Monday, May 28, 2012

Abduction: The Third Type of Logical Thinking

When we think “logically,” many of us use induction and deduction. Whether the conclusion comes from the general principle or specific examples, we usually depend on principles, or what we observe. But there is another approach, where a constructive hypothesis is applied, called abduction.

On May 8th, we discussed the significances and how we apply abduction, based off of Yuji Yonemori’s Abduction: Kasetu to Hakken no Ronnri [The Logic of Hypothesis and Discovery].

Here are examples by Charles Sanders Pierce:

  1. All beans from this bag are white.(principle)
  2. These beans are from this bag.(case)
  3. These beans are white.(result)

  1. These beans are (randomly selected) from this bag.(case)
  2. These beans are white.(result)
  3. All the beans from this bag are white.(principle)

  1. All the beans from this bag are white.(principle)
  2. These beans are (oddly) white. (result)
  3. These beans are from this bag. (case)

As you can see, the case of the abduction is based off of a constructive hypothesis; it assumes the odd relationship between the beans and the bag.

The constructive way of understanding is similar. The constructive way of understanding is finding what the hidden rules (principle) behind an odd phenomenon (result) are by various methods (case.) It approaches the “oddness” of a phenomenon that is yet to be discovered, from a different paradigm. 

For example, during the process of creating pattern language, the writer must often abductively hypothesize what the solution(s) is in a given context and problems, because there is no definite principle or case that can be applied.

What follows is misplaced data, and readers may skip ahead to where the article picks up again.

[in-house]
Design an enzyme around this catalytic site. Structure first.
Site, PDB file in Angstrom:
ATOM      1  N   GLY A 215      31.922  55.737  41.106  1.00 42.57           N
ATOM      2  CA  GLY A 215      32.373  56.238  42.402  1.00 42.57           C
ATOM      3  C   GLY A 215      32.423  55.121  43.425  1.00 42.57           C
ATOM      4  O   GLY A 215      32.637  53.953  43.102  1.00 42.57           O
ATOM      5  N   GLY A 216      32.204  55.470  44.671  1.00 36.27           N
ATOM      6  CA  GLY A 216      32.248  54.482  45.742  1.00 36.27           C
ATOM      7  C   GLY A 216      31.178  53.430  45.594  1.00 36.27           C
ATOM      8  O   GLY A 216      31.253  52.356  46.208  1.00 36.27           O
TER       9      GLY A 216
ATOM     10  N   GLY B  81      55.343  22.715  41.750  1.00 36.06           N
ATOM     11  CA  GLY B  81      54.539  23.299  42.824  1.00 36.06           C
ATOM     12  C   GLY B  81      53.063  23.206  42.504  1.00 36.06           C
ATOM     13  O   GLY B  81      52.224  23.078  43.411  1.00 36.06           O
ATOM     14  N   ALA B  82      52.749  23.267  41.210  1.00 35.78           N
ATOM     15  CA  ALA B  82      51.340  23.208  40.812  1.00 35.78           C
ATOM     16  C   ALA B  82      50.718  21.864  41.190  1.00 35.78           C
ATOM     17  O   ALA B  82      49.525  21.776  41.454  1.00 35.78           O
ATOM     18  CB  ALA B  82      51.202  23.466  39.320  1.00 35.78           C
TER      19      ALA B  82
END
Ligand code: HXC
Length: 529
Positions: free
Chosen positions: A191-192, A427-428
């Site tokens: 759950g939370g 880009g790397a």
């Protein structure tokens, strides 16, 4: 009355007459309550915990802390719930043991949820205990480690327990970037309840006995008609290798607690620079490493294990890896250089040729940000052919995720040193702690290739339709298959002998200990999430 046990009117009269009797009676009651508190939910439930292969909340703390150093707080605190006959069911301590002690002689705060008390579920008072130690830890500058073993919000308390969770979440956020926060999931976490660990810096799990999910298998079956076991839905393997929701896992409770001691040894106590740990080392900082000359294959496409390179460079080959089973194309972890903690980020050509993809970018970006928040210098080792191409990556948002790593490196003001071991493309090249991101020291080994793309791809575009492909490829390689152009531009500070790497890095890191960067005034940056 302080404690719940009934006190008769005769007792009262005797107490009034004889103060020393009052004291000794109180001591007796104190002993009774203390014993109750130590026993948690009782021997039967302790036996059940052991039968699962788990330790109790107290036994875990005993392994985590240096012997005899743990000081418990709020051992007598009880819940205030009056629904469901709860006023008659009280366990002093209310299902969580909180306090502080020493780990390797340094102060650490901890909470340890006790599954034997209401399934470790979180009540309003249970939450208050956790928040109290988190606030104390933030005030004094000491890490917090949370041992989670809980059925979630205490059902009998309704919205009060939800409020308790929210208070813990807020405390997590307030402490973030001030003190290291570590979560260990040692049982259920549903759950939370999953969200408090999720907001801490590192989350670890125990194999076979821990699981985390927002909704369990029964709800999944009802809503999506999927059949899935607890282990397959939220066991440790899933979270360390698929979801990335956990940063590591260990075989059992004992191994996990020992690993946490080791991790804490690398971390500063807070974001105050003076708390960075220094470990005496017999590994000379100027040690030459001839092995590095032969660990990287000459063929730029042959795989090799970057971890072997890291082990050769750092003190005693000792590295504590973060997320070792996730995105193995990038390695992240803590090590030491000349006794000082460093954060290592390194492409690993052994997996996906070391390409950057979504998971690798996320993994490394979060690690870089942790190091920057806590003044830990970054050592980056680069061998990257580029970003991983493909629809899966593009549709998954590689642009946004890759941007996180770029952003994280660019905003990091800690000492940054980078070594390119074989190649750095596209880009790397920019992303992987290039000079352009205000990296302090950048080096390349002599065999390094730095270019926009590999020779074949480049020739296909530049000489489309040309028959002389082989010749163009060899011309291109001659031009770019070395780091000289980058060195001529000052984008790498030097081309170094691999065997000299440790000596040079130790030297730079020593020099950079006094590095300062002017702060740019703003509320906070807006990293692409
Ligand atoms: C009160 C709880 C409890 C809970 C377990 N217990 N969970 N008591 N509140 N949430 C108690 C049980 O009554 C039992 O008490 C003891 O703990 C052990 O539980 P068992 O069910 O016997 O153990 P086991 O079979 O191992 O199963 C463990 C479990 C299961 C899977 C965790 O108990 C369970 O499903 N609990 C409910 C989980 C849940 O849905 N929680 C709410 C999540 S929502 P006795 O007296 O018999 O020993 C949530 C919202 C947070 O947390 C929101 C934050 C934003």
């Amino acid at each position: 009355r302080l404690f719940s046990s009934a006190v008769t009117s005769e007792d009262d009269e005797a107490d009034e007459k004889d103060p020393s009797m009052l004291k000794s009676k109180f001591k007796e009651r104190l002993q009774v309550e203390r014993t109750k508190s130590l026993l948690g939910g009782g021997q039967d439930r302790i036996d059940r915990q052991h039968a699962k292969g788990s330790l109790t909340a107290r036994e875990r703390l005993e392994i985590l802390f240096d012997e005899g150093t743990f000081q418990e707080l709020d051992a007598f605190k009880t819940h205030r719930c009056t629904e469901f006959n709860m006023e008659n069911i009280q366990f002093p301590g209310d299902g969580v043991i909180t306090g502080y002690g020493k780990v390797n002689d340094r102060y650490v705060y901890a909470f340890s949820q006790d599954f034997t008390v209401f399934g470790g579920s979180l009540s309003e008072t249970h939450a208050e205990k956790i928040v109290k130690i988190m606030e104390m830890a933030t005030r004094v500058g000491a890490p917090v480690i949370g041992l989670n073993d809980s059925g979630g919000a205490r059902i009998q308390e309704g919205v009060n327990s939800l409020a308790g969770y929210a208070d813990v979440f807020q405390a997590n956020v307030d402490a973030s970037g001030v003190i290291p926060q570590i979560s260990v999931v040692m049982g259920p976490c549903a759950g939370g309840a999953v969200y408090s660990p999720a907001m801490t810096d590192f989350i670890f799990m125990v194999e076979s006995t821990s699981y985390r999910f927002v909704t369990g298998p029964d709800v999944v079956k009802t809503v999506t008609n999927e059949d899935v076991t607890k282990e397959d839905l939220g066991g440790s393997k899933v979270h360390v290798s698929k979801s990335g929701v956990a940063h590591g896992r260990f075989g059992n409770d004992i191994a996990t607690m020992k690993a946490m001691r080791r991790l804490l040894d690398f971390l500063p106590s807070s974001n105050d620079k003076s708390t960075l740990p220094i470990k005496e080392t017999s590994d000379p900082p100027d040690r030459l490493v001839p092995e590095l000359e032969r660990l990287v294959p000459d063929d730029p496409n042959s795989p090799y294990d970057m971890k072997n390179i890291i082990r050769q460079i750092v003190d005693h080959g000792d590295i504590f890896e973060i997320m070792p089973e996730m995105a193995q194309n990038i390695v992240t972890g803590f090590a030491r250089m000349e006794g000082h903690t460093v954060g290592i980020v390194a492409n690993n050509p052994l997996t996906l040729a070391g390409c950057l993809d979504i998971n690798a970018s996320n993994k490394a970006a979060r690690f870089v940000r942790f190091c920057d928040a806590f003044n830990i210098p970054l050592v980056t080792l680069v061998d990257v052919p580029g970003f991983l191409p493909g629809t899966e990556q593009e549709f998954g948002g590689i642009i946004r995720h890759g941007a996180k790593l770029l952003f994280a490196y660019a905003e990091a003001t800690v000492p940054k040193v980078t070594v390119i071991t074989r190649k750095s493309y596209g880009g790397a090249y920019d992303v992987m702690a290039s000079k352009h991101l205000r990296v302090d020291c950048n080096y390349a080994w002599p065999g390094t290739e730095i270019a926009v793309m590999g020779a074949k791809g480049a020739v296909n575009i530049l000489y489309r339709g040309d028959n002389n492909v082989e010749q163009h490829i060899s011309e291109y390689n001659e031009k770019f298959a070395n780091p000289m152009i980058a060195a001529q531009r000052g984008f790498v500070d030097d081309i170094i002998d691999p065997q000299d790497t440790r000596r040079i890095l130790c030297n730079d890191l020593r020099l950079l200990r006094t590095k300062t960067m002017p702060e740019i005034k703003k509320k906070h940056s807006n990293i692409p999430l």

As so during the KJ method, one must abductively perceive the true attributes of 2 different experiences, in order to form groups. For example, while creating the Collaboration Patterns, “Respond to emails quickly” and “Exchanging emails is important” should not be grouped because they concern emails. When abduction is applied, “Respond to emails quickly” should rather be grouped with “feedbacks should be given constantly and immediately,” because they both concern the significance of responding and not so much about a communication software. 

We believe research in Keio University SFC requires thinking abductively. The essence of researching SFC is how to perceive what has been observed already from another perspective. As noted in the complex systems theory, in our complex society, it is critical not to focus on only one perspective; one must see the relationships between seemingly different fields. And to do so, one must not limit oneself to induction or deduction (because it has already been done) but apply abduction effectively.

For the second part of the class, we continued with the week before, and each student started creating their own videos. Each student brought in videos, pictures, music, and started creating their own, original video.

Contrary to the week before, where every student had the same videos to edit from, we could already see the diversity of creations, and their constructive way of understanding. Next, we will show the final products of some of the students, made from pure constructive understanding.


Yuji Yonemori, Abduction: Kasetu to Hakken no Ronnri [The Logic of Hypothesis and Discovery], Keisoshobo Pubshiling Co., 2007

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